May 22, 2017, © Leeham Co.: The prices airlines and lessors pay for their airplane purchases have long been of intense interest to just about everybody associated with the airline industry.
The manufacturers want to know what their competitors are selling the planes for.
The airlines want to know what their competitors pay for their airplanes. The same is true for lessors and their competitors.
(Airlines are less interested in what the lessors pay; they are only interested in what they must pay the lessors to lease the airplanes, and aren’t really concerned about the lessors’ costs.)
Appraisers want to know the prices of new aircraft, and prices on the secondary market, to have a basis for predicting base and current market values today and 25 years in the future.
The credit rating agencies want to know that values of the airplanes to rate financing deals.
By Bjorn Fehrm
May 11, 2017, ©. Leeham Co: Airbus and Boeing had their customary presentation match at the second day of the ISTAT (International Society of Transport Aircraft Trading) conference in Hong Kong. Each OEM stuck to a theme throughout their presentations.
Boeing’s was “market leader.” As the one that delivered the most aircraft during 2016, Boeing had the right to the claim. Airbus countered with “value protection leader.” The neo success saves airlines from having to change aircraft families. Read more
By Bjorn Fehrm
May 11, 2017, ©. Leeham Co: We are attending the ISTAT (the International Society of Transport Aircraft Trading) conference in Hong Kong this week. The conference was opened by the Chief Executive for the Hong Kong region of China, Mr. C. Y. Leung. He gave an interesting perspective of the future of Hong Kong in the aviation finance market.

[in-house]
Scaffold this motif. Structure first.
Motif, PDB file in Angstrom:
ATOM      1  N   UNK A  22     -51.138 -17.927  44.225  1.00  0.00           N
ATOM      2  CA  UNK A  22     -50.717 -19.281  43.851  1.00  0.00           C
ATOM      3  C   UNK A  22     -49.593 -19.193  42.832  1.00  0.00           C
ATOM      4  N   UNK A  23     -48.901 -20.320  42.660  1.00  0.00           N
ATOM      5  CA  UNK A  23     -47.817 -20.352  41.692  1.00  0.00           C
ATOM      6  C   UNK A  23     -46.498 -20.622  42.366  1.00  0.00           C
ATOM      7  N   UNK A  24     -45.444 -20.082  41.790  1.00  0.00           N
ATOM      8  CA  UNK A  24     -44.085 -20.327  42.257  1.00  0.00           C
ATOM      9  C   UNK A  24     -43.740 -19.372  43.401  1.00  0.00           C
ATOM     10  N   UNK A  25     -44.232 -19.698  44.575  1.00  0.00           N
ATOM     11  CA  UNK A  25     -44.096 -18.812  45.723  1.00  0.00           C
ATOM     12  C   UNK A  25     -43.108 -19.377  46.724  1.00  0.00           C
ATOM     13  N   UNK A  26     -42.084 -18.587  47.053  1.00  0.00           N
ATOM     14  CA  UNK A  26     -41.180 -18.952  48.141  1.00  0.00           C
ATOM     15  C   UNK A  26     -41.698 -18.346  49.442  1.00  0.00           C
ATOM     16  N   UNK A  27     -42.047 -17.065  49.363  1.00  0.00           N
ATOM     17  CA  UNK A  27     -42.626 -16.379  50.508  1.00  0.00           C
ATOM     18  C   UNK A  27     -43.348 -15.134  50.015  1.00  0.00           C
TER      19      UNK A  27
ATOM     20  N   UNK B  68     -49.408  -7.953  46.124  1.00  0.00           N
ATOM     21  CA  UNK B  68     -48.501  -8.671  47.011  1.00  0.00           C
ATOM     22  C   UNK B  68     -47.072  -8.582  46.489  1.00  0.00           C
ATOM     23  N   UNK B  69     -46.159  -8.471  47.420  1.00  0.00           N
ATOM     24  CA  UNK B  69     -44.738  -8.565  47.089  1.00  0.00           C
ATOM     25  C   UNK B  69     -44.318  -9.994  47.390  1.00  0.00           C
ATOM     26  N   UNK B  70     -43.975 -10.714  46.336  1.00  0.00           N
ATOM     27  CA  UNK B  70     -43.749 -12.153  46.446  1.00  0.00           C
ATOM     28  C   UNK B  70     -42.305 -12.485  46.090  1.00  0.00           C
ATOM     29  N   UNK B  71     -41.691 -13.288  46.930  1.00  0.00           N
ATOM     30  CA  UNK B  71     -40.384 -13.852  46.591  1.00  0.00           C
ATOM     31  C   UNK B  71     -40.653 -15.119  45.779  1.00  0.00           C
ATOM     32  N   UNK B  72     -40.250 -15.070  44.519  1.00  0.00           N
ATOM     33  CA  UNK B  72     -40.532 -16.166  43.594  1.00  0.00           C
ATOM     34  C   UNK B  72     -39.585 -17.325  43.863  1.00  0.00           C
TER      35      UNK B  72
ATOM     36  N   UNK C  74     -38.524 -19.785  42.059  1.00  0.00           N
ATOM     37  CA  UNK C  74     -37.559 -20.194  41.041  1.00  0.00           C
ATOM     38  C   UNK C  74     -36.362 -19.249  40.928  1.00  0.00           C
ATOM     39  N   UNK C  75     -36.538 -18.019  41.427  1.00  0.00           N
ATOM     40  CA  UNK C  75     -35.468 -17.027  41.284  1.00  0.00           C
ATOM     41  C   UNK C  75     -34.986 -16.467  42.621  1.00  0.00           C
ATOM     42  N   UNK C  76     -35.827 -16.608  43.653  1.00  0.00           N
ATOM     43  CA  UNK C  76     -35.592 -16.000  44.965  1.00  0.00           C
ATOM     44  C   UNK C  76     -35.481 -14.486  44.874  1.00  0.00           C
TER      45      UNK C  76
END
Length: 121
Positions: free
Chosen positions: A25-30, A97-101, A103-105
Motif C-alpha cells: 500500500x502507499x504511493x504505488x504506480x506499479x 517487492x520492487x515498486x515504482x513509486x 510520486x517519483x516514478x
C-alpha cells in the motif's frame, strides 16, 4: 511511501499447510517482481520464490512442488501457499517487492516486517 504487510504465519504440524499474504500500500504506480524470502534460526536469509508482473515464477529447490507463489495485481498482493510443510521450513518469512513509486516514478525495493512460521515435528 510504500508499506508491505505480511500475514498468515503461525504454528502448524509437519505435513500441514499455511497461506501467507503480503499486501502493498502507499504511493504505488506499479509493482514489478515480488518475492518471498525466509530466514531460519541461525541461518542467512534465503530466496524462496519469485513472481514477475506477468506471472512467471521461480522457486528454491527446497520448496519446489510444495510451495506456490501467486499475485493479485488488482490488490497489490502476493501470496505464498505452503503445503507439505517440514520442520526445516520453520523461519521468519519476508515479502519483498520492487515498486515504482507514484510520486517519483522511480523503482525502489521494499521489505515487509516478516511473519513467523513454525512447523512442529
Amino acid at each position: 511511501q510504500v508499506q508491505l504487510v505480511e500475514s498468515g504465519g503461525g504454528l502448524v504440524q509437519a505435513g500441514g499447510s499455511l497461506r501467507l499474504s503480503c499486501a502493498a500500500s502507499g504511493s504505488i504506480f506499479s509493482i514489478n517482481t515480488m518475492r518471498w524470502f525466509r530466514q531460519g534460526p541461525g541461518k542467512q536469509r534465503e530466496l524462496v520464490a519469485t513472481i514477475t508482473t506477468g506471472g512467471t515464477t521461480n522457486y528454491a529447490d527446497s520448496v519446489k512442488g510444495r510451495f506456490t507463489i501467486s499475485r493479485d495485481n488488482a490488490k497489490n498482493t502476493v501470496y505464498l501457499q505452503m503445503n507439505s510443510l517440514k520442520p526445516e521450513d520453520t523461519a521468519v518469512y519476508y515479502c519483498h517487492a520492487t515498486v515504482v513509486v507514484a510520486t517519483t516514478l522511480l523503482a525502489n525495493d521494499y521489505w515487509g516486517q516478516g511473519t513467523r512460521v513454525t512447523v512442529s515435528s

The companies cannot deduct the costs of the aircraft ownership from their lease revenue, for non-Hong Kong operators. This will now change. Read more
April 12, 2017, © Leeham Co.: Delta Air Lines today said on its earnings call that it is reviewing its wide-body order with Airbus.
At face value, the Delta statement might seem alarming. But as so often becomes the case, the “review” may not be what it seems.
March 27, 2017, (c) Leeham Co.: It wasn’t the kind of presentation usually given at the ISTAT general meeting earlier this month. Peter Warlick, vice president of finance for American Airlines, announced to nearly 2,000 people that he has ALS (Amyotrophic Lateral Sclerosis), more commonly known as Lou Gehrig’s disease.
ALS attacks the muscular system and is typically fatal within two-five years. There is no cure.
Warlick actually revealed his condition last year, but I missed the announcement in which American also pledged a $1m donation to ALS research.
Although Pete is only a casual business acquaintance, for me, Warlick’s ISTAT announcement hit home. In 2015, a very close friend and
colleague died of ALS several years after diagnosis. Stan Bump was a neighbor and I served with Stan on the planning commission in the Seattle suburb in which we lived.
March 16, 2017, © Leeham Co.: China’s evolving commercial aerospace and aviation industry has high-profile companies such as AVIC and COMAC, and its expanding supplier based, combined with joint ventures with Western companies is well known.
Less well known is the growth in the aircraft leasing business. Increasingly, Chinese lessors are showing up on the order lists of the Big Four aircraft manufacturers. Still, there remains a bit of a mystery about the lessors and dynamics within China.
LNC spoke with the newly appointed CEO of CDB Leasing during the ISTAT conference last week in San Diego.
Peter Chang has been in the Western leasing business for decades, employed in key positions with Aviation Capital Group, ILFC and Aircastle—usually with responsibility for China.